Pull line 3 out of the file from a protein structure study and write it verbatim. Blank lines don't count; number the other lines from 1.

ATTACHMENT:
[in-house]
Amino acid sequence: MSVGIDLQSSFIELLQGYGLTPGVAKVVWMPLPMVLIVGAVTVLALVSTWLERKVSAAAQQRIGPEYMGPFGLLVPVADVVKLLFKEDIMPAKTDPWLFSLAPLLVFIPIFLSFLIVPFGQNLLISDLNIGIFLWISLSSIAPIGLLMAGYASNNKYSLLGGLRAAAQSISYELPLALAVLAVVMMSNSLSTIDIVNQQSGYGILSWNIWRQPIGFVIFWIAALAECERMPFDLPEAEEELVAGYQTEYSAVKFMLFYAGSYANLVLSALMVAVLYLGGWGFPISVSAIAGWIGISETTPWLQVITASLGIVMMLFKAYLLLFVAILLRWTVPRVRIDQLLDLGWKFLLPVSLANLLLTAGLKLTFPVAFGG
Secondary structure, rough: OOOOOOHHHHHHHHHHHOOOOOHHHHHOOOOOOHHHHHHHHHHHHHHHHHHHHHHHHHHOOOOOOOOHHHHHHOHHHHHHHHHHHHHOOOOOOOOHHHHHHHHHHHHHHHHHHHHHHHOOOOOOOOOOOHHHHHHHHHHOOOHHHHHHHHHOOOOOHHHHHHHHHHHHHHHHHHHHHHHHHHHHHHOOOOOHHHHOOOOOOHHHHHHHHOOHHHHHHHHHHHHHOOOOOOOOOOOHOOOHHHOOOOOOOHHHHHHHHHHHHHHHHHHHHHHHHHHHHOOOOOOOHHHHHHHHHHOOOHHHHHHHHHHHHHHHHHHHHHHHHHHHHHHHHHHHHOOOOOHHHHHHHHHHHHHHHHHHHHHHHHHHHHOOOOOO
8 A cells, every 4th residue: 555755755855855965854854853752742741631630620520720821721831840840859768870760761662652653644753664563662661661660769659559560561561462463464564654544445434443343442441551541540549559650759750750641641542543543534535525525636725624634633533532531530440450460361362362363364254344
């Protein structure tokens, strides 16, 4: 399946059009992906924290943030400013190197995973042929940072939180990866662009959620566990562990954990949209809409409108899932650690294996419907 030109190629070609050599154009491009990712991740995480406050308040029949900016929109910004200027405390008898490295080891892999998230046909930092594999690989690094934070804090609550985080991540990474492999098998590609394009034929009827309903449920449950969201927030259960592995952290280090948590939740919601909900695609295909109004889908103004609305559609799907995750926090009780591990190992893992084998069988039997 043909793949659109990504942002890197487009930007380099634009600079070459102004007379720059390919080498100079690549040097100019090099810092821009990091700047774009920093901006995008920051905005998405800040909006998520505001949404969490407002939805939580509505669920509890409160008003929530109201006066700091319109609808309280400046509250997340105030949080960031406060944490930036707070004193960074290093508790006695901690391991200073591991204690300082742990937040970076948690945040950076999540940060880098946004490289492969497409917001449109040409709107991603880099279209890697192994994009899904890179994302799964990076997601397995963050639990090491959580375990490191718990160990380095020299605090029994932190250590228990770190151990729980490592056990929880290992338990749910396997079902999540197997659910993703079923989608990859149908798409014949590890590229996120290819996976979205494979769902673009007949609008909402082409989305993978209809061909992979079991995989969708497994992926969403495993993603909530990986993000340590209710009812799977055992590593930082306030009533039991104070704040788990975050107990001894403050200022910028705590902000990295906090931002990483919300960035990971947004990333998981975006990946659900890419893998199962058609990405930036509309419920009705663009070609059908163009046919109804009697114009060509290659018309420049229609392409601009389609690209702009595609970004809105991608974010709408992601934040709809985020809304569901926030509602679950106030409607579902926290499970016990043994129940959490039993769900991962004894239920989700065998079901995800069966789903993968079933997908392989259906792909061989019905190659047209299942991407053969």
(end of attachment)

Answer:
Secondary structure, rough: OOOOOOHHHHHHHHHHHOOOOOHHHHHOOOOOOHHHHHHHHHHHHHHHHHHHHHHHHHHOOOOOOOOHHHHHHOHHHHHHHHHHHHHOOOOOOOOHHHHHHHHHHHHHHHHHHHHHHHOOOOOOOOOOOHHHHHHHHHHOOOHHHHHHHHHOOOOOHHHHHHHHHHHHHHHHHHHHHHHHHHHHHHOOOOOHHHHOOOOOOHHHHHHHHOOHHHHHHHHHHHHHOOOOOOOOOOOHOOOHHHOOOOOOOHHHHHHHHHHHHHHHHHHHHHHHHHHHHOOOOOOOHHHHHHHHHHOOOHHHHHHHHHHHHHHHHHHHHHHHHHHHHHHHHHHHHOOOOOHHHHHHHHHHHHHHHHHHHHHHHHHHHHOOOOOO